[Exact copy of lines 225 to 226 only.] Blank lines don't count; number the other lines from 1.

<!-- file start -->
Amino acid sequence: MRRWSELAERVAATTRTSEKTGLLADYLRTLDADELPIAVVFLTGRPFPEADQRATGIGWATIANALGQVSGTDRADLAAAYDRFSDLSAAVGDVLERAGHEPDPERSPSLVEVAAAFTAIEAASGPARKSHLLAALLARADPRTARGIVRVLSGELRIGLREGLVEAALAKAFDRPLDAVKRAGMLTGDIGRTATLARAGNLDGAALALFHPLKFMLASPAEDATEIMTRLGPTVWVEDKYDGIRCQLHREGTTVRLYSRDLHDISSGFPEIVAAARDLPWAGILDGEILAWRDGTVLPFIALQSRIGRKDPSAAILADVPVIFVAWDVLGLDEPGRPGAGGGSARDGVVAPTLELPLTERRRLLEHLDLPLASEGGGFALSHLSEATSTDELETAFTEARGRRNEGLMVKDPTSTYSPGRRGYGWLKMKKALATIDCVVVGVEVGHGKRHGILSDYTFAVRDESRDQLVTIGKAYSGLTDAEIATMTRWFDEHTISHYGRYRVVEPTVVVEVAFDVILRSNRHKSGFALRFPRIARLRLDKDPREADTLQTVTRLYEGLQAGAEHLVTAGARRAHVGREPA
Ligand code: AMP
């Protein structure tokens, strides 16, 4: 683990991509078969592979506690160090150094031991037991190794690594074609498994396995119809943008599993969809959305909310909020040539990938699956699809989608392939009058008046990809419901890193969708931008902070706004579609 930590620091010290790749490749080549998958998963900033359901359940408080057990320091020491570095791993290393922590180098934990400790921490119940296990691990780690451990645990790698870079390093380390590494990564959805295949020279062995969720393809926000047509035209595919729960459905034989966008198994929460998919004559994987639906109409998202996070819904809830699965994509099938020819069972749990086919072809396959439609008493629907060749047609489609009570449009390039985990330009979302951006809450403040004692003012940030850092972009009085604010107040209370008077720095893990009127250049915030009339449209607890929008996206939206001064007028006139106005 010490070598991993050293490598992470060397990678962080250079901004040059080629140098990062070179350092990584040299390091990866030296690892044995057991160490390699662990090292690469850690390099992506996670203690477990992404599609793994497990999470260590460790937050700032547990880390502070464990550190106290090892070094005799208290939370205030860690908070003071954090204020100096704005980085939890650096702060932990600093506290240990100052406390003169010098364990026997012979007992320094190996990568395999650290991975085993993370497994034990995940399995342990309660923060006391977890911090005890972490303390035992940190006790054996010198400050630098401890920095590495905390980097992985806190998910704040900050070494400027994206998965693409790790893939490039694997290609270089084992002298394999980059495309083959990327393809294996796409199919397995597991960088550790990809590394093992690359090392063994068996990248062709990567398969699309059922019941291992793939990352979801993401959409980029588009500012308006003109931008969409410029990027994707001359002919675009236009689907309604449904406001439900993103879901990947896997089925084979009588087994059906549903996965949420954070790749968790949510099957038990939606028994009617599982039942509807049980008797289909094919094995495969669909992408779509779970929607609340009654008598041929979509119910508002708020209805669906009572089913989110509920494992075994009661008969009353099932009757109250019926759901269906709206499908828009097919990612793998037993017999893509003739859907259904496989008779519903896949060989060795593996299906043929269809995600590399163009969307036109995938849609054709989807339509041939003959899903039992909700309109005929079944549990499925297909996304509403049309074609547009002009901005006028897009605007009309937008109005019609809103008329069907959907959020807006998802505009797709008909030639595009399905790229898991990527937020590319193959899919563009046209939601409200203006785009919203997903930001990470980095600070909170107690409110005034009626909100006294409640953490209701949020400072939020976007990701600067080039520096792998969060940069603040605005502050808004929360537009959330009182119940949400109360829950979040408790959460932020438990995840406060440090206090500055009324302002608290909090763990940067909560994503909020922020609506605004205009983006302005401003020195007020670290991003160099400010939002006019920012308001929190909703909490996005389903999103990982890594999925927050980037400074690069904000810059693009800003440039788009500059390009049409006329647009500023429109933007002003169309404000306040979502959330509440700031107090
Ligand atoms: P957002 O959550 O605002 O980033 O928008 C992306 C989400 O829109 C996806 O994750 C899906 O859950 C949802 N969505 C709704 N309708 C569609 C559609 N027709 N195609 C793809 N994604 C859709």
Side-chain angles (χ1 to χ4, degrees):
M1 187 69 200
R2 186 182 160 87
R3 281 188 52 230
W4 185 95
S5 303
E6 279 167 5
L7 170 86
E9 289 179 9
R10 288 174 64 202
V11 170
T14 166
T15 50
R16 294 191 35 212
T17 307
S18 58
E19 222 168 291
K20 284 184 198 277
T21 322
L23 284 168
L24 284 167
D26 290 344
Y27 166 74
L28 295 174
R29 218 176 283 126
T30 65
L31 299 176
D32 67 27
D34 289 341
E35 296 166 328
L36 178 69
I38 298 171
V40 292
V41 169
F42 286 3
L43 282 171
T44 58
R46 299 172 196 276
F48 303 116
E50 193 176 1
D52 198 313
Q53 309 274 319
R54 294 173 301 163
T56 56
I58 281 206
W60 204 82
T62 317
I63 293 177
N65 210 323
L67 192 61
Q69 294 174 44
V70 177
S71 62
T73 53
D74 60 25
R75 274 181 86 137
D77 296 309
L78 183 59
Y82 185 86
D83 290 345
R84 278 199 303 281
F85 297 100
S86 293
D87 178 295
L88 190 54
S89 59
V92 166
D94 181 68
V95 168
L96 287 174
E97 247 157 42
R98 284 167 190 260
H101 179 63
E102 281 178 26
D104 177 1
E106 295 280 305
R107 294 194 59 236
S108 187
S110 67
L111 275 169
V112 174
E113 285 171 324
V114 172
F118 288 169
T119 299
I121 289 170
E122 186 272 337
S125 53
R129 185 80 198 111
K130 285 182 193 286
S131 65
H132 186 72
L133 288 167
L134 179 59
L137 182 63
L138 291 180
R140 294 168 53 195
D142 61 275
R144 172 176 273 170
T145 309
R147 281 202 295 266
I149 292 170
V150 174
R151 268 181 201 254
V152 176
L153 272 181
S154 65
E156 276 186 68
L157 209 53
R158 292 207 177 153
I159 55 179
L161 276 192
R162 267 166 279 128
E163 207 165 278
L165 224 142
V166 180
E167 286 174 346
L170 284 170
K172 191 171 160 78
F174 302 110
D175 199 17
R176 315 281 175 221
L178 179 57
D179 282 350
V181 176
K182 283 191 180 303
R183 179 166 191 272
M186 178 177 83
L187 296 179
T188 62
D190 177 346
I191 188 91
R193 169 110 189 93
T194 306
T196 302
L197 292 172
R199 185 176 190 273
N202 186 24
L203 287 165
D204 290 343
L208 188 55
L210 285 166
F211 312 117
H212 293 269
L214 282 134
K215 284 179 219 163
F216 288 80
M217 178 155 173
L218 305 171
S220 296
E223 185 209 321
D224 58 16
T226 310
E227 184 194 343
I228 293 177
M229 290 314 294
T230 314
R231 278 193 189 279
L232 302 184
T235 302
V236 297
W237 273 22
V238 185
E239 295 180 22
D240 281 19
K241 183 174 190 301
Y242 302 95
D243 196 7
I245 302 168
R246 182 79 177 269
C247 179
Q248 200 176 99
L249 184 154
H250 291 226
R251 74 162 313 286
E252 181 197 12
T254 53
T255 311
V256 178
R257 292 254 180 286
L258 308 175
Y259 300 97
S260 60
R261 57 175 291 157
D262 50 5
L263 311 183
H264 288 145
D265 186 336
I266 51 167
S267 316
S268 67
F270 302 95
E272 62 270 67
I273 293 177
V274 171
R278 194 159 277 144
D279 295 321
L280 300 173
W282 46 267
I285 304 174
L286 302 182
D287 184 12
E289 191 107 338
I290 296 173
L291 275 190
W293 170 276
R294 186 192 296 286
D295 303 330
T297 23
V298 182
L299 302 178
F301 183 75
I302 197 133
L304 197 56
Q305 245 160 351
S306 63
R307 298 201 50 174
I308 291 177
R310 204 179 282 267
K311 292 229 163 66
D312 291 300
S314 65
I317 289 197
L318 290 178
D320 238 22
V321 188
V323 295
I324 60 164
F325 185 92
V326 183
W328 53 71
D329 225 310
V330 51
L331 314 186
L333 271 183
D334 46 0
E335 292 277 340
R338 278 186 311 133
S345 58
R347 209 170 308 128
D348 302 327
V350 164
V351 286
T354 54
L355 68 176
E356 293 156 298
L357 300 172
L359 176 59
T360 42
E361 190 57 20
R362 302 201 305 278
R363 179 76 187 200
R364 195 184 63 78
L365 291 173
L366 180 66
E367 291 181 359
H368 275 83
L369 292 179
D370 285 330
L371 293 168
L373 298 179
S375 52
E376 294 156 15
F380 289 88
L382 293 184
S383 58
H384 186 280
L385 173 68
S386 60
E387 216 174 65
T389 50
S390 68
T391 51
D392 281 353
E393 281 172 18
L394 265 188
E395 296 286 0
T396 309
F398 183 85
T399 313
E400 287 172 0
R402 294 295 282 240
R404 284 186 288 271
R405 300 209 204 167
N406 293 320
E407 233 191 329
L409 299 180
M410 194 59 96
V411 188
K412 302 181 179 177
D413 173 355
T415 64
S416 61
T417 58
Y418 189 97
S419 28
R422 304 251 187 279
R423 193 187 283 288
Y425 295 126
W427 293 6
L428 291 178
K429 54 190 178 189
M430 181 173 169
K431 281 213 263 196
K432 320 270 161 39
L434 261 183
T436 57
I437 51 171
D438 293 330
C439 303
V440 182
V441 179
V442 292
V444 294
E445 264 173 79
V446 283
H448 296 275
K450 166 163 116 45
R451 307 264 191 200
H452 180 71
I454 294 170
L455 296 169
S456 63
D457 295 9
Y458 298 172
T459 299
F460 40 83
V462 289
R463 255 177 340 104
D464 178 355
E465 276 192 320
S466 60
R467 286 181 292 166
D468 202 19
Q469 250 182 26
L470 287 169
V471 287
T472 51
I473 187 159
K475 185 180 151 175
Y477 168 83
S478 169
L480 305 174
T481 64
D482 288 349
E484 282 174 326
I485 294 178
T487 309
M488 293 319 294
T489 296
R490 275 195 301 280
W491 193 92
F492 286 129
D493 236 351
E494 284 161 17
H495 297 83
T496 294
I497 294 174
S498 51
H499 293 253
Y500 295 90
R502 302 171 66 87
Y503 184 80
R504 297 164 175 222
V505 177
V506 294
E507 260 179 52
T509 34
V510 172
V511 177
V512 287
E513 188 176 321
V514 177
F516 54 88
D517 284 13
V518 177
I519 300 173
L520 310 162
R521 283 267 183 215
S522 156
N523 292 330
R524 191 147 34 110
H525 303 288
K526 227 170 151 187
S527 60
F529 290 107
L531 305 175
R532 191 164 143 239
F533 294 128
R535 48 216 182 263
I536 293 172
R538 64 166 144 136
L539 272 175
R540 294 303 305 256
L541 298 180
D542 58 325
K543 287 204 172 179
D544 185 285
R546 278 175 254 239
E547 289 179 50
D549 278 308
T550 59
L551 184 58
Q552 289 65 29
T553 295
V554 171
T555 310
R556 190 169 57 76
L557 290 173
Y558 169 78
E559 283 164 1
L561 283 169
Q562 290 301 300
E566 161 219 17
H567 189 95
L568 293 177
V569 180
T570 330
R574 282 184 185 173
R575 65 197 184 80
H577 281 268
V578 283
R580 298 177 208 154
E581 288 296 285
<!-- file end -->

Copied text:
D312 291 300
S314 65